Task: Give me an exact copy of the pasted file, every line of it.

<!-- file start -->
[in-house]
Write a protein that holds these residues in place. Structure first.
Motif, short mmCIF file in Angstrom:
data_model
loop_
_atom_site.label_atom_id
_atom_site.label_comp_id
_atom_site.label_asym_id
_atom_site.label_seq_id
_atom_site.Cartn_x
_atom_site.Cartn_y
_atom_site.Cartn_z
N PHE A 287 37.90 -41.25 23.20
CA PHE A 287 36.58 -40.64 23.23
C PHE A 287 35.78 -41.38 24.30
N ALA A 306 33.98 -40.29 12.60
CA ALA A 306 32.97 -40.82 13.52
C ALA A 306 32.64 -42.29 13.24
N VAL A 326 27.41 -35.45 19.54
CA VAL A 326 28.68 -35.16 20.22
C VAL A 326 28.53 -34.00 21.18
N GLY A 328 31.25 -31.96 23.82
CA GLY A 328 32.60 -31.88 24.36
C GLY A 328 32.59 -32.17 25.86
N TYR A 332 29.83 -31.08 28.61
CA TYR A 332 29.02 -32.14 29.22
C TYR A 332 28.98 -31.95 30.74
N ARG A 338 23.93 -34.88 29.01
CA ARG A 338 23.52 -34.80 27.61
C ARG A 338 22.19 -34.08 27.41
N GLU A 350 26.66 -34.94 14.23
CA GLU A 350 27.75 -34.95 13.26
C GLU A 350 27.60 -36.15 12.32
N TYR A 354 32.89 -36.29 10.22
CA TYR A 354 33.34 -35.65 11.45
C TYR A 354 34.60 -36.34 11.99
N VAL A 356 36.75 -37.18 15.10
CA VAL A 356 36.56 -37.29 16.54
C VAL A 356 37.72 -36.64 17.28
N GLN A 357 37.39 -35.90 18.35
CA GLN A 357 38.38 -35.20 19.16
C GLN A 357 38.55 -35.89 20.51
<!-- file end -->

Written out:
[in-house]
Write a protein that holds these residues in place. Structure first.
Motif, short mmCIF file in Angstrom:
data_model
loop_
_atom_site.label_atom_id
_atom_site.label_comp_id
_atom_site.label_asym_id
_atom_site.label_seq_id
_atom_site.Cartn_x
_atom_site.Cartn_y
_atom_site.Cartn_z
N PHE A 287 37.90 -41.25 23.20
CA PHE A 287 36.58 -40.64 23.23
C PHE A 287 35.78 -41.38 24.30
N ALA A 306 33.98 -40.29 12.60
CA ALA A 306 32.97 -40.82 13.52
C ALA A 306 32.64 -42.29 13.24
N VAL A 326 27.41 -35.45 19.54
CA VAL A 326 28.68 -35.16 20.22
C VAL A 326 28.53 -34.00 21.18
N GLY A 328 31.25 -31.96 23.82
CA GLY A 328 32.60 -31.88 24.36
C GLY A 328 32.59 -32.17 25.86
N TYR A 332 29.83 -31.08 28.61
CA TYR A 332 29.02 -32.14 29.22
C TYR A 332 28.98 -31.95 30.74
N ARG A 338 23.93 -34.88 29.01
CA ARG A 338 23.52 -34.80 27.61
C ARG A 338 22.19 -34.08 27.41
N GLU A 350 26.66 -34.94 14.23
CA GLU A 350 27.75 -34.95 13.26
C GLU A 350 27.60 -36.15 12.32
N TYR A 354 32.89 -36.29 10.22
CA TYR A 354 33.34 -35.65 11.45
C TYR A 354 34.60 -36.34 11.99
N VAL A 356 36.75 -37.18 15.10
CA VAL A 356 36.56 -37.29 16.54
C VAL A 356 37.72 -36.64 17.28
N GLN A 357 37.39 -35.90 18.35
CA GLN A 357 38.38 -35.20 19.16
C GLN A 357 38.55 -35.89 20.51